In the seemingly endless story of mergers and acquisitions in the ocean freight industry, Cosco Shipping is set to acquire OOCL. The Chinese liner confirmed a $6.3 billion bid for its OOIL, OOCL’s parent company, last week.
“We are proud of the business we have built and the people who have been building it. This decision has been carefully considered and we believe it helps ensure the future success of OOIL. We are confident that COSCO SHIPPING Holdings is the right partner for us.”
– Andy Tung, Executive Director of OOIL
COSCO Shipping Holdings and Shanghai International Port Group (SIPG) put in the offer. When completed, Cosco will hold a 90.1% stake and SIPG 9.9%.
The is the latest in a series of shipping M&As which the industry has witnessed over the past few years. Cosco Shipping itself is a result of a merger between China Shipping and COSCO.
Chinese and US government authorities, among others, still need to perform anti-trust reviews. This could take up to six months to approved. But if confirmed, the acquisition will leave Cosco Shipping with a much expanded fleet of 400 vessels. It will have a capacity of over 2.9 million TEUs when including the order book, overtaking its Ocean Alliance partner, CMA CGM (Alphaliner’s TOP 100). Its combined 11.6% market share will also exceed CMA CGM’s 11.2%.
Following the merger, the entity will rank top on the transpacific trade, with the power to transport over 77,000 TEUs/week. That said, it will become the second-largest mover of US imports. Asia can also expect to feel a certain amount of impact as both liners have a considerable amount of presence in the area. Movement from Asia to the Middle East is also expected to increase.
“Operationally, fitting OOCL into the bigger company should not be too difficult as both OOCL and COSCO already belong to the Ocean Alliance that operates mainly in the East-West container trades.” – Drewry
The downfall of ex-major player Hanjin Shipping last year sent shock waves around the industry. In the prolonged economic downturn, many fought to stay afloat by joining forces. This includes Japanese liners NYK, K-Line, and MOL’s merger and CMA CGM’s acquisition of APL. Drewry says given the current state of the industry’s M&As, carriers have the opportunity for profitability.
The shipping sector is seeing fewer and fewer players as larger carriers beef up their market share. Following the merger, the top four carriers would hold 53.8% of the market share. That represents a 32% increase from just two years ago. This adds to growing shippers’ concerns of a reducing pool of options.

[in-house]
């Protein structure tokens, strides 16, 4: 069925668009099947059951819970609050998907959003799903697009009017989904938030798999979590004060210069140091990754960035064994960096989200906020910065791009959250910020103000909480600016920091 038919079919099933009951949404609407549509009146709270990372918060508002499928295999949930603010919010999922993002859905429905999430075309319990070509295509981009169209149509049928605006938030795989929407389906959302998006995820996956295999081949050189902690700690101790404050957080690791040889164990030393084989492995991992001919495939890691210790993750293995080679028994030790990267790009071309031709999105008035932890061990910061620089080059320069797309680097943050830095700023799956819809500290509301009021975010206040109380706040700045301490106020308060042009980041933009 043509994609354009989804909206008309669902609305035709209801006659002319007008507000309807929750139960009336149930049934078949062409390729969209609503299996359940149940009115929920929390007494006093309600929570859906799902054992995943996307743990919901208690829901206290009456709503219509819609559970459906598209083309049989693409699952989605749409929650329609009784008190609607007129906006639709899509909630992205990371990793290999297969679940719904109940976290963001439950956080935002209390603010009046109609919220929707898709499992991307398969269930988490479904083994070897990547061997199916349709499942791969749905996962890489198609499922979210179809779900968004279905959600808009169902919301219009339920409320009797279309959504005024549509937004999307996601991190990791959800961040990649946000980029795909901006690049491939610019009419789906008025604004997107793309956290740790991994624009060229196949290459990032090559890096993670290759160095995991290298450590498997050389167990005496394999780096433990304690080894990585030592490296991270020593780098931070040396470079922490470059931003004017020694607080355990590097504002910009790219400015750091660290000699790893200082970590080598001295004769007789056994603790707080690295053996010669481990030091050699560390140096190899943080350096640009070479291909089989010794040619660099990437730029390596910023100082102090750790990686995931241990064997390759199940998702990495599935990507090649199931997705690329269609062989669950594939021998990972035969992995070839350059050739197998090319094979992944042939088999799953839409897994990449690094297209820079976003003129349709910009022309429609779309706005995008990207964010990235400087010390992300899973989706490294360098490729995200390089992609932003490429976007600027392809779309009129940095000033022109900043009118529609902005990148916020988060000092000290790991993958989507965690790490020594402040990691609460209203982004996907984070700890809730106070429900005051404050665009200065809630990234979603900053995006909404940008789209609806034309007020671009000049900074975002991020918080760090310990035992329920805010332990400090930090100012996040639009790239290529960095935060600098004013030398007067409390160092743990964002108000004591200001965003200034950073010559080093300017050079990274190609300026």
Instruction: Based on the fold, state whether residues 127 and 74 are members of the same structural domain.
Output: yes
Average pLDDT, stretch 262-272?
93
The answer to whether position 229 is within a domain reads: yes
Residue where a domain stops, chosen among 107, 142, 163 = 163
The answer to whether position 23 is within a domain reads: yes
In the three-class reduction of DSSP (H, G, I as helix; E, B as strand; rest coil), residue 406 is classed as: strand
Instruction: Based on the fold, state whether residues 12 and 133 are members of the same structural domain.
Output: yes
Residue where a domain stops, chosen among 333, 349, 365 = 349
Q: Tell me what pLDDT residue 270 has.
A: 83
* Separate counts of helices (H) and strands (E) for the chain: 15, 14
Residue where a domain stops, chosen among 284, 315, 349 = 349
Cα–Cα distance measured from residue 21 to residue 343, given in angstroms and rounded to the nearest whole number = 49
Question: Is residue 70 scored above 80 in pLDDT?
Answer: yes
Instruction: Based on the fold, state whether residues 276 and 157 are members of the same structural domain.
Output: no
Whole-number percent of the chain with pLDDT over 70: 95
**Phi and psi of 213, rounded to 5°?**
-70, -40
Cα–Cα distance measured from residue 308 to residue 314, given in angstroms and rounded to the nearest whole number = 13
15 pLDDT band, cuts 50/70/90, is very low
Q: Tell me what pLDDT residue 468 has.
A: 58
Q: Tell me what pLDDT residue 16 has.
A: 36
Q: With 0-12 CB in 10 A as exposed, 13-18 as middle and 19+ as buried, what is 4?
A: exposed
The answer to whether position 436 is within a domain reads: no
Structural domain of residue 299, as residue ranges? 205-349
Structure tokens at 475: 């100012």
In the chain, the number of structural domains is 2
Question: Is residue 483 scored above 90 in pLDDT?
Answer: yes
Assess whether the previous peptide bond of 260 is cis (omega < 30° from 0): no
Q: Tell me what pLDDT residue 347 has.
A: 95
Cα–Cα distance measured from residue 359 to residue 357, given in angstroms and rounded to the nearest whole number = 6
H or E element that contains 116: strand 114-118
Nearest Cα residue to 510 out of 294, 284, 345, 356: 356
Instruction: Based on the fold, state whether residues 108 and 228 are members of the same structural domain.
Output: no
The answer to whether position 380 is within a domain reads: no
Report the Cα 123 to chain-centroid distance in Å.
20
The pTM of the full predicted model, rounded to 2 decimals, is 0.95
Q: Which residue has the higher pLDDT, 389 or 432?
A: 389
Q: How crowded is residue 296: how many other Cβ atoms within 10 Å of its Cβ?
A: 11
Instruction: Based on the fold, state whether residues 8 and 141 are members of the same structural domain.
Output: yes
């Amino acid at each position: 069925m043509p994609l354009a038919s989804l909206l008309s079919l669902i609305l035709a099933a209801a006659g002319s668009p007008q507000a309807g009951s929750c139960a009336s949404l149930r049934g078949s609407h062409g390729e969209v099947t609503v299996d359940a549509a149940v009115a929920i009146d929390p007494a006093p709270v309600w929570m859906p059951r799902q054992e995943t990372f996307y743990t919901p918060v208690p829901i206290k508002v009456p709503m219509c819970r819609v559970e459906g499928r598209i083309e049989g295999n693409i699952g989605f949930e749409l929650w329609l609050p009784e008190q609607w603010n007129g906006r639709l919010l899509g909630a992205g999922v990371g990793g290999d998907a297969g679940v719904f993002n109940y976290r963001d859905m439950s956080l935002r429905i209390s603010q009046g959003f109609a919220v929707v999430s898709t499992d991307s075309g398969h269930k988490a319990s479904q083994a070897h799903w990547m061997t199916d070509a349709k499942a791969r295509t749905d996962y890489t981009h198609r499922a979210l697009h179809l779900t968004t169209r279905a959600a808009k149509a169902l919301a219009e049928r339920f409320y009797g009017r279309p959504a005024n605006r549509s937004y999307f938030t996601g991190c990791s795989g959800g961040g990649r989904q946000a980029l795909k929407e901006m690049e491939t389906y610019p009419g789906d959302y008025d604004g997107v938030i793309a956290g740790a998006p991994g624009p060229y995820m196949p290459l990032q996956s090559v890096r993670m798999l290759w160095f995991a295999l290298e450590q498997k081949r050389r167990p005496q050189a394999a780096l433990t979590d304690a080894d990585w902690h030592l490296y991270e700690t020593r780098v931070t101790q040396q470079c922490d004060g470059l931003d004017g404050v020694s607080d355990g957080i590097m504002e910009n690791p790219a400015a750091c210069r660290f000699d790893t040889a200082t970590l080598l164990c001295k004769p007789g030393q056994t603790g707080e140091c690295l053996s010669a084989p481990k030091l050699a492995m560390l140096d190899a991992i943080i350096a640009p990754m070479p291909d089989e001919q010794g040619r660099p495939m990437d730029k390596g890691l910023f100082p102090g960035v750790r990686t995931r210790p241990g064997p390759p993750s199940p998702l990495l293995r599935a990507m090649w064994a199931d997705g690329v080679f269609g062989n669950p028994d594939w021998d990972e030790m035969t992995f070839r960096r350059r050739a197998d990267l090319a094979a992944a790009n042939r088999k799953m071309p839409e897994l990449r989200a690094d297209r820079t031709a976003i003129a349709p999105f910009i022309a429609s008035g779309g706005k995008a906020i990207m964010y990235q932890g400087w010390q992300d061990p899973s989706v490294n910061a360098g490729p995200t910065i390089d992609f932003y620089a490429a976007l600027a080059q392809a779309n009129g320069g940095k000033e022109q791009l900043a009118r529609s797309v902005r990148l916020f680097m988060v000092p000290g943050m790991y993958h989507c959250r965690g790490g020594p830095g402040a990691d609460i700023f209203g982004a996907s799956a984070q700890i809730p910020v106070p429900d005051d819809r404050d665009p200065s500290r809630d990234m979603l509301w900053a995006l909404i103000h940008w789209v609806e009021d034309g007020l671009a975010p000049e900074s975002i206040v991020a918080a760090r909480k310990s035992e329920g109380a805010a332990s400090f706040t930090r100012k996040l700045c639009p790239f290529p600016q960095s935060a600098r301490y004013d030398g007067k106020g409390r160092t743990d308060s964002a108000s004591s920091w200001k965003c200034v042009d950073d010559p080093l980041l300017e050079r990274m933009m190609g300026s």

Market share of top 4 carriers after COSCO takeover of OOCL: 53.8%. The container shipping industry has "officially" become an oligopoly— Olaf Merk (@o_merk) July 9, 2017
Industry experts say this could spell the nearing end of major M&As. Larger carriers played their cards earlier and the industry has reached a point where getting good deals could prove difficult. The road forward, could then mean increasing competitiveness within the groupings.
According to shipping consultancy group Drewry, the COSCO-OOCL entity, when finalized, will be the world’s third largest container. That may not appear to be too much of a threat – if not for the fact that there are rumors about a possible CMA CGM takeover.
According to Splash 24⁄7, sources tip Chinese investors as the favorites to acquire Yildirim Holding’s 24% stake in CMA CGM. Cosco sources tell the publication that Cosco Shipping is aiming to dethrone Maersk as the world’s largest containerline. If this does go through, Cosco Shipping will have a capacity of over 4.8 million TEUs. This forms a whopping 22.9% of market share, as opposed to Maersk’s current 16.4% (19.3% following its Hamburg Süd takeover).
“There is little doubt that Cosco likely will not be done and is likely to go after more targets in the near future.”
– Basil Karatzas, Chief Executive of Karatzas Marine Advisors
"The problem with these costs is that they’re often impossible to predict and are thus hardly ever considered when analyzing and comparing ocean freight rates"
Klaus Lydsal, vice president of operations at iContainers